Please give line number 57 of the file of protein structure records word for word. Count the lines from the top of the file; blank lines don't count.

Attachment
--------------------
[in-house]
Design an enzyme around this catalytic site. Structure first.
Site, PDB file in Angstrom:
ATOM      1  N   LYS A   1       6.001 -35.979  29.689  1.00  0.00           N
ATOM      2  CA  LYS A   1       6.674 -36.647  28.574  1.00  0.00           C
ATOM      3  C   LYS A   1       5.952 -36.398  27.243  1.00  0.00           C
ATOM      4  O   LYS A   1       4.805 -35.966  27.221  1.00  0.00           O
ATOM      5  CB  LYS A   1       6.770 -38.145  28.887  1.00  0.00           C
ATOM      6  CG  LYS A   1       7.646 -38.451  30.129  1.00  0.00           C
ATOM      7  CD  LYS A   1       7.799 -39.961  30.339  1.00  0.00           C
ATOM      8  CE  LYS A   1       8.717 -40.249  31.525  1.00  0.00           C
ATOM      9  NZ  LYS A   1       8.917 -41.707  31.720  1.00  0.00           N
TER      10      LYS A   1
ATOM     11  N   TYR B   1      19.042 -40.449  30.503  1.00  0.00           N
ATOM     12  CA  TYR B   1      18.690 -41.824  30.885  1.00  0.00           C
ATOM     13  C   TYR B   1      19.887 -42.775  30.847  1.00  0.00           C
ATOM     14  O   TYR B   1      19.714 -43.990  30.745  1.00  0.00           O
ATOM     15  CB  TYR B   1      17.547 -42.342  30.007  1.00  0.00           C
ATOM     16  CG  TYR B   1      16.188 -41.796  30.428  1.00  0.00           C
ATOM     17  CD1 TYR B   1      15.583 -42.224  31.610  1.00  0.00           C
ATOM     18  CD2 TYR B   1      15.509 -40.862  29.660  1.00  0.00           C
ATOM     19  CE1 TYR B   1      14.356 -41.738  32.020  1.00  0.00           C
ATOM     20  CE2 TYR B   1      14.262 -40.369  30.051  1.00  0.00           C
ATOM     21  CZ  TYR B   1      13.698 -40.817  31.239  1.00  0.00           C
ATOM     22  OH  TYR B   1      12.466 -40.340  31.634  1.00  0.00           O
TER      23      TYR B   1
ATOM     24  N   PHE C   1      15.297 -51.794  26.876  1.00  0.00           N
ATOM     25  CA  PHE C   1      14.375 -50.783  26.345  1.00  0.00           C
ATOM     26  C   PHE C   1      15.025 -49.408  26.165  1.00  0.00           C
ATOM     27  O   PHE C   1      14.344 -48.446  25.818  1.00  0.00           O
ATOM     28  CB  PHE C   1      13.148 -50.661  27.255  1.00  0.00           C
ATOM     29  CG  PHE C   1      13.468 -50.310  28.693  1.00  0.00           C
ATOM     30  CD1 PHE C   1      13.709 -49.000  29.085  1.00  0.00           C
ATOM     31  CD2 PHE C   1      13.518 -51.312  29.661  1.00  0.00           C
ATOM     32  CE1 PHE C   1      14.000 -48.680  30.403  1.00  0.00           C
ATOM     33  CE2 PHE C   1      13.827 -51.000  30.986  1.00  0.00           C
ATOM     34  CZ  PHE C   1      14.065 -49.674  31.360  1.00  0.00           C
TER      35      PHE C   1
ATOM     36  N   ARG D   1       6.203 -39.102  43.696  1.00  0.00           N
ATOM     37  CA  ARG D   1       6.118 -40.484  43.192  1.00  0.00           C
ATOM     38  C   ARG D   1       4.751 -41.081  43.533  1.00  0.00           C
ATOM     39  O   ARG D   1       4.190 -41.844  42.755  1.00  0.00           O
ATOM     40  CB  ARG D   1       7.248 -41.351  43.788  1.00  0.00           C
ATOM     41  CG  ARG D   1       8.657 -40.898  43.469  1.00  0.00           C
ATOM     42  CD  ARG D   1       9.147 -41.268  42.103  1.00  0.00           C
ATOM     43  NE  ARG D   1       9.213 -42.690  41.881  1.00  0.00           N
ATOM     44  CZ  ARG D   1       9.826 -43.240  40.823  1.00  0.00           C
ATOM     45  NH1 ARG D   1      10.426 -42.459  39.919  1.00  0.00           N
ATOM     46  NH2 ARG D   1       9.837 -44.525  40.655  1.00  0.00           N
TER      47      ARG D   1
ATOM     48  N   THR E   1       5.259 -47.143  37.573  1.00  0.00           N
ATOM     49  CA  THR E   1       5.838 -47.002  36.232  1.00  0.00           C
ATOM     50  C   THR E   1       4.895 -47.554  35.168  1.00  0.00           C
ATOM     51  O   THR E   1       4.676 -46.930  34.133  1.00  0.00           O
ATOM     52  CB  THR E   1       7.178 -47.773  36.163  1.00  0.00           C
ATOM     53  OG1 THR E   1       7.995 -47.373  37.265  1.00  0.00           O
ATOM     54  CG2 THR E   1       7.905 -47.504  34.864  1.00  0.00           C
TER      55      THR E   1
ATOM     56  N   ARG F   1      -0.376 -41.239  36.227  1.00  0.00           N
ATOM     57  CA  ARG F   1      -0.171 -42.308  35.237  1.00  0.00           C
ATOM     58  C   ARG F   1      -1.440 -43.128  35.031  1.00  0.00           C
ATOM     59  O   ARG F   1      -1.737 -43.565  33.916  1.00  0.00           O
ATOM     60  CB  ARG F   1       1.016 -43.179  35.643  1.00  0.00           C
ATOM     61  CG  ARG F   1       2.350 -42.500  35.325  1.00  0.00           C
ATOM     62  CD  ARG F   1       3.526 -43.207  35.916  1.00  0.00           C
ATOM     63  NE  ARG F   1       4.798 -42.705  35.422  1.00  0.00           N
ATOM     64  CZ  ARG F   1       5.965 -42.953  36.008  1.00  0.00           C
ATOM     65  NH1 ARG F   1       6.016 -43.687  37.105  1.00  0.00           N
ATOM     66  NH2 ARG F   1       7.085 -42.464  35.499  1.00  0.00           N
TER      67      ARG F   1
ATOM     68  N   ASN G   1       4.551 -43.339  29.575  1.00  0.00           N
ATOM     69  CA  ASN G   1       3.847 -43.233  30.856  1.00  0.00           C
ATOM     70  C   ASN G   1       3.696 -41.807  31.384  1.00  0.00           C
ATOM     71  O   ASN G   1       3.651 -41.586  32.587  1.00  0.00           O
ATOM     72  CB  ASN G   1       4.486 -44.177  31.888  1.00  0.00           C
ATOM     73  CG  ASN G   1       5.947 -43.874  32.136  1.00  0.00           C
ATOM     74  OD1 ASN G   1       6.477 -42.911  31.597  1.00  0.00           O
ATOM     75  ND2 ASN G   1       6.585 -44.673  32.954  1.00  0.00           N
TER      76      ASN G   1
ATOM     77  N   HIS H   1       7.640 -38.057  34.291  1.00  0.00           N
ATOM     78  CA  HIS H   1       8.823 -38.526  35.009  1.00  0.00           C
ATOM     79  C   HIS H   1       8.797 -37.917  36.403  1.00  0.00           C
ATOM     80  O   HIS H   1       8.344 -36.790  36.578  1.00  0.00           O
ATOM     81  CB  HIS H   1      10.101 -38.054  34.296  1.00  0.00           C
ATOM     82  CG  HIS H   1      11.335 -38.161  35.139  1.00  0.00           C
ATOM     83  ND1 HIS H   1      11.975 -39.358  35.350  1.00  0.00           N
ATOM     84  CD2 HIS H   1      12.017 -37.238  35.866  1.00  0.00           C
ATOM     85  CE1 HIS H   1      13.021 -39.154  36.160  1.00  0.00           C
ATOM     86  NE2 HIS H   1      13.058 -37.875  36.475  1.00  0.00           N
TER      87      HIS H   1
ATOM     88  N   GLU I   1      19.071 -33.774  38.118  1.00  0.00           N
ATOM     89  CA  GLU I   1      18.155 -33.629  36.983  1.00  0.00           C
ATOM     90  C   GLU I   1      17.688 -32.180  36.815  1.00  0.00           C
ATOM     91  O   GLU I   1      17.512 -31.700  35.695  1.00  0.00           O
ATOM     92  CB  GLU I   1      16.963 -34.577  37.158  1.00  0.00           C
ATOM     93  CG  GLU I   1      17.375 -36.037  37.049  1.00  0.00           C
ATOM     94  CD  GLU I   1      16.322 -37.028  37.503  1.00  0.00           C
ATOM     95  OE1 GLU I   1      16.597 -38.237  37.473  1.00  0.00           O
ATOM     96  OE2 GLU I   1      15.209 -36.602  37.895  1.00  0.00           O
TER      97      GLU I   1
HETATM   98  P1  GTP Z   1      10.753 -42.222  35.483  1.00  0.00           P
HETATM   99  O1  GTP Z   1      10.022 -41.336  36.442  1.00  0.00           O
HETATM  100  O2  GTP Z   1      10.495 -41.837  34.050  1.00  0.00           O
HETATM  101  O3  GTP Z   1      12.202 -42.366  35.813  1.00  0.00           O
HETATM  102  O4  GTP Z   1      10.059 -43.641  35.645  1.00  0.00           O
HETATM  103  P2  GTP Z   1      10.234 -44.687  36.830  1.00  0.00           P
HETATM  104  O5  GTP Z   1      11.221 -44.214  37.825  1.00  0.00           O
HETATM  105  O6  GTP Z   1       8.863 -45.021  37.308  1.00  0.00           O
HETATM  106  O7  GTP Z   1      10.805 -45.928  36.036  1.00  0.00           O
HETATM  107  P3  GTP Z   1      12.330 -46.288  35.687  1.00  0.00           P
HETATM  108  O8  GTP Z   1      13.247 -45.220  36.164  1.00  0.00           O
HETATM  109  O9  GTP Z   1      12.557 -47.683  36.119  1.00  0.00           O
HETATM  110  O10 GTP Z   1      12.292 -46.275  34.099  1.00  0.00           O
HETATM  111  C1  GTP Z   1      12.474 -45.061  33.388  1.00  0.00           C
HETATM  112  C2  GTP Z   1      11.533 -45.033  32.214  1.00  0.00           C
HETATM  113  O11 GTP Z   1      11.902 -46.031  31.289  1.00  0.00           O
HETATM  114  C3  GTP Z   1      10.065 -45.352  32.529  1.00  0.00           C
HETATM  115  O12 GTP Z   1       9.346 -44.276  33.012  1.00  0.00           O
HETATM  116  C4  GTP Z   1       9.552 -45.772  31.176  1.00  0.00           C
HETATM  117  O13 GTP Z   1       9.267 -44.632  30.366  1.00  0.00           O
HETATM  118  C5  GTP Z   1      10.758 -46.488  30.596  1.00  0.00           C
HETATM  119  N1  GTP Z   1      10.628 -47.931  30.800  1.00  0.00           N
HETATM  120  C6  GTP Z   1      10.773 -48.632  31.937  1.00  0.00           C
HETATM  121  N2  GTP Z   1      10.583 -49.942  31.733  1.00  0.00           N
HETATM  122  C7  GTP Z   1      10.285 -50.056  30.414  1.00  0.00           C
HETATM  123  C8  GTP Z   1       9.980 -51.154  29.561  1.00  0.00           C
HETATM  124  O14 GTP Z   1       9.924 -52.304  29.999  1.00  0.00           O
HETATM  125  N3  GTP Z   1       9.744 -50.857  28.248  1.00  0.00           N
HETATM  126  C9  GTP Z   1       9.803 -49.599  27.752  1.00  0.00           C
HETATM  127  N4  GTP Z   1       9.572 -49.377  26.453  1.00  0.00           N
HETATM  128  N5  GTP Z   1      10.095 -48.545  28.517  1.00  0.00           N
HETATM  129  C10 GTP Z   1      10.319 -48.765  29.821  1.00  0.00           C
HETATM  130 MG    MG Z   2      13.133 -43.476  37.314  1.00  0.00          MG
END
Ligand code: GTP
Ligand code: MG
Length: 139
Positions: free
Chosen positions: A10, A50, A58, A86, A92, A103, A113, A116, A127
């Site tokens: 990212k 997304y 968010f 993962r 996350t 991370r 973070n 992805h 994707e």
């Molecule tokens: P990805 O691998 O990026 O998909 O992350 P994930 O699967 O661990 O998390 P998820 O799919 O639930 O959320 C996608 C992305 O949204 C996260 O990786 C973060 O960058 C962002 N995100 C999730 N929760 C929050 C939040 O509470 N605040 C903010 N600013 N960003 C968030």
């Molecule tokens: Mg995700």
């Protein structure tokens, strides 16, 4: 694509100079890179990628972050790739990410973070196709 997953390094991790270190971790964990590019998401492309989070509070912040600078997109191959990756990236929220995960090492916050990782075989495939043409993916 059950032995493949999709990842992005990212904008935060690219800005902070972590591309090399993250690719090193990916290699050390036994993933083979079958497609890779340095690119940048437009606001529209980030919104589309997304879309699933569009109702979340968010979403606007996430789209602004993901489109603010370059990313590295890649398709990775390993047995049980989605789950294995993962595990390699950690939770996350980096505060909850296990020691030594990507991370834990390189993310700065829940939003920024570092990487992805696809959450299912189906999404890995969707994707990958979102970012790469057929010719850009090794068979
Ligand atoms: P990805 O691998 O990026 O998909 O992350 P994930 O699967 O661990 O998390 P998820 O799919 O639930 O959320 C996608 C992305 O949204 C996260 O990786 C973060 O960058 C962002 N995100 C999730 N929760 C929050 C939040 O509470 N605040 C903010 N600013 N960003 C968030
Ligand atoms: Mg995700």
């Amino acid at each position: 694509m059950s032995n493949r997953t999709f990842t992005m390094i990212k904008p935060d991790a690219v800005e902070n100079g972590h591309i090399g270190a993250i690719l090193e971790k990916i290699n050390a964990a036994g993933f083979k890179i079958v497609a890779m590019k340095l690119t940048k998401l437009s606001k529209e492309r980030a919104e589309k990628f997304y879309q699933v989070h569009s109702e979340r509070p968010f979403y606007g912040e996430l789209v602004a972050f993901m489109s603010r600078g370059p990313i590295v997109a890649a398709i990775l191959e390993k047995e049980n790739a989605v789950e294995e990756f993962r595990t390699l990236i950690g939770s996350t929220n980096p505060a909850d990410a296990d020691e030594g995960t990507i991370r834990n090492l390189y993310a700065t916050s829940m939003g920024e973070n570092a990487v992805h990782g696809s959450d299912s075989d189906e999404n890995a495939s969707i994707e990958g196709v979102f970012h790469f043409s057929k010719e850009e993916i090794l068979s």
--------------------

ATOM     54  CG2 THR E   1       7.905 -47.504  34.864  1.00  0.00           C